Organization has 10 ideas for improving medication adherence
Tailoring clinical management approaches, changing treatment guidelines, investing in education and tools, and revising professional education programs are four of 10 ways that medication adherence can be improved among seniors with multiple chronic health conditions, according to a plan released by the National Council on Patient Information and Education (NCPIE). The results could reduce medication errors, drug interactions and costly disease complications, according to the organization.
Poor medicine adherence is expected to increase dramatically with the projected rise in age-related chronic illnesses, according to NCPIE, and seniors with multiple conditions face the greatest risks. Forty-two percent of adults aged at least 65 years took five or more prescription drugs in 2012, says the organization, with the average number of drugs prescribed increasing from five at age 65 to seven at age 85. Studies document a rise in the incidence of drug reactions from six percent in patients taking two medications a day to as high as 50 percent in patients taking five drugs a day, NCPIE officials add.
“Although the challenge of poor medication adherence has been discussed and debated extensively, what is lacking is the clear recognition that prescription medicine use and the rising prevalence of chronic and co-morbid conditions are inextricably linked and together, represent a major opportunity to address this health threat,” says Ray Bullman, NCPIE’s executive vice president. “This report is intended as a wakeup call that action is needed now to confront this combined threat, before the predicted continuing upsurge of chronic conditions overwhelms the healthcare system.”
Twenty-two entities, including the AARP, the American Diabetes Association, the American Heart Association and the National Council on Aging, helped develop the plan, called the Adherence Action Agenda. Some of the recommendations:
- Promote clinical management approaches that are tailored to the specific needs and circumstances of individuals with multiple chronic conditions. Because those with multiple chronic conditions differ in the severity of their illnesses, prognosis and functional status, the report encourages health professionals to adopt the American Geriatric Society’s guiding principles for treating older adults with three or more diseases. Those guidelines call for eliciting and incorporating patient/resident preferences and choosing therapies that optimize benefits and minimize the harm for seniors.
- Establish medication adherence as a measure for the accreditation of healthcare professional educational programs. Medicine adherence skills could be made core competencies within the curricula of schools of nursing, pharmacy and other allied health professions and as a measure for accreditation.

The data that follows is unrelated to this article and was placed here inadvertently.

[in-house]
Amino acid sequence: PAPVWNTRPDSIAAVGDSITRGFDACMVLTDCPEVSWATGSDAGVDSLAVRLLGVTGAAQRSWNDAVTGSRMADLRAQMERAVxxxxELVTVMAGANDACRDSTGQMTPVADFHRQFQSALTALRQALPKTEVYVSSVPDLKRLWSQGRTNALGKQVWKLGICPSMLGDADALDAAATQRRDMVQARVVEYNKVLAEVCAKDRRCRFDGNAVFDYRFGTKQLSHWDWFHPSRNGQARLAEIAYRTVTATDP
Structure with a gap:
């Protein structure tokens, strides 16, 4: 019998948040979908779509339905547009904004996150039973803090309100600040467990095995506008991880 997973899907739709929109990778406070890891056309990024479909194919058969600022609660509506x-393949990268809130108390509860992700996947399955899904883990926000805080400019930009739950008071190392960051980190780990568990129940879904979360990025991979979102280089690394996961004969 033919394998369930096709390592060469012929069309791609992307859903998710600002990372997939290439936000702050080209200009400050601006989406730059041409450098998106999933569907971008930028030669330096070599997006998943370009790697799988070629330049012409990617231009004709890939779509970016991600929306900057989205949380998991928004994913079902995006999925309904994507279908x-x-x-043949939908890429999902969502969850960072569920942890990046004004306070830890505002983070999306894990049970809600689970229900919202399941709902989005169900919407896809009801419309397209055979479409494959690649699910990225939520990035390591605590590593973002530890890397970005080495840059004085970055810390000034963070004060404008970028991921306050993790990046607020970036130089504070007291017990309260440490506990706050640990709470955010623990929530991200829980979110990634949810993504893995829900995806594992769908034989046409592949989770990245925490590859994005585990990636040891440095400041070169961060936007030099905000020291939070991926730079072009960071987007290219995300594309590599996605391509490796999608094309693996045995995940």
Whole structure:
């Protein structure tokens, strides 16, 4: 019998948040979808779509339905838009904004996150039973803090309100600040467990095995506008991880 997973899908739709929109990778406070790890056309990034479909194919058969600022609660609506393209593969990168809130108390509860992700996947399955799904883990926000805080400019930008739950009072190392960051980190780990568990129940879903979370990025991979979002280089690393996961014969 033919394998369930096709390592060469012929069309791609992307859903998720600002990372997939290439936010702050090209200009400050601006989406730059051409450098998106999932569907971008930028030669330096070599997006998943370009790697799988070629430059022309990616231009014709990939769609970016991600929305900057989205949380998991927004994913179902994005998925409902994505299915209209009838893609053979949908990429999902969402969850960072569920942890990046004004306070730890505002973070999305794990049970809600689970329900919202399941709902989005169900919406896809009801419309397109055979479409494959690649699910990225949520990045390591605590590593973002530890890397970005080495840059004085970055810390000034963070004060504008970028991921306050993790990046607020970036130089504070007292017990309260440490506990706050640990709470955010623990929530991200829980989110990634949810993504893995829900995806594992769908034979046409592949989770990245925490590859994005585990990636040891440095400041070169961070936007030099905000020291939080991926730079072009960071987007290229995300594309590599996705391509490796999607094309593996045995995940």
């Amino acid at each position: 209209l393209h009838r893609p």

- Address multiple chronic conditions and optimal medication management approaches in treatment guidelines. Clinical practice guidelines typically focus on managing a specific chronic condition and do not consider the presence of multiple chronic conditions. The report advocates the accelerated development of updated treatment guidelines in which information on the most common co-morbidities clustering with the incident chronic condition is included, starting with the most common combinations of multiple chronic conditions, called dyads and triads, which already have been identified by the Centers for Medicare & Medicaid Services.
- Incentivize the entire healthcare system to incorporate adherence education and medication support as part of routine care for those with multiple chronic conditions. Research shows that the interactions between patients/residents and their healthcare providers affects how well they manage their chronic conditions, so the report advocates for an expanded investment in patient/provider education and engagement tools so clinicians can implement best practices for medication adherence and counsel those in their care on the importance of following treatment plans.
- Establish medicine adherence as a priority goal of all federal and state efforts designed to reduce the burden of multiple chronic conditions.
- Establish the role of the patient navigator within the care team to help those with multiple chronic conditions navigate the healthcare system and take their prescription medicines as prescribed.
- Eliminate barriers that impede the ability of those with multiple chronic conditions to refill prescription medicines.
- Reduce the cost-sharing barriers for people by lowering or eliminating patient co-payments for prescription medicines used to treat the most common chronic diseases.
- Accelerate the adoption of new health information technologies that promote medication adherence.
- Stimulate rigorous research on treating people with multiple chronic conditions, including focused research on medication adherence to promote the safe and appropriate use of different medicines.
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Lois A. Bowers was senior editor of I Advance Senior Care / Long-Term Living from 2013-2015.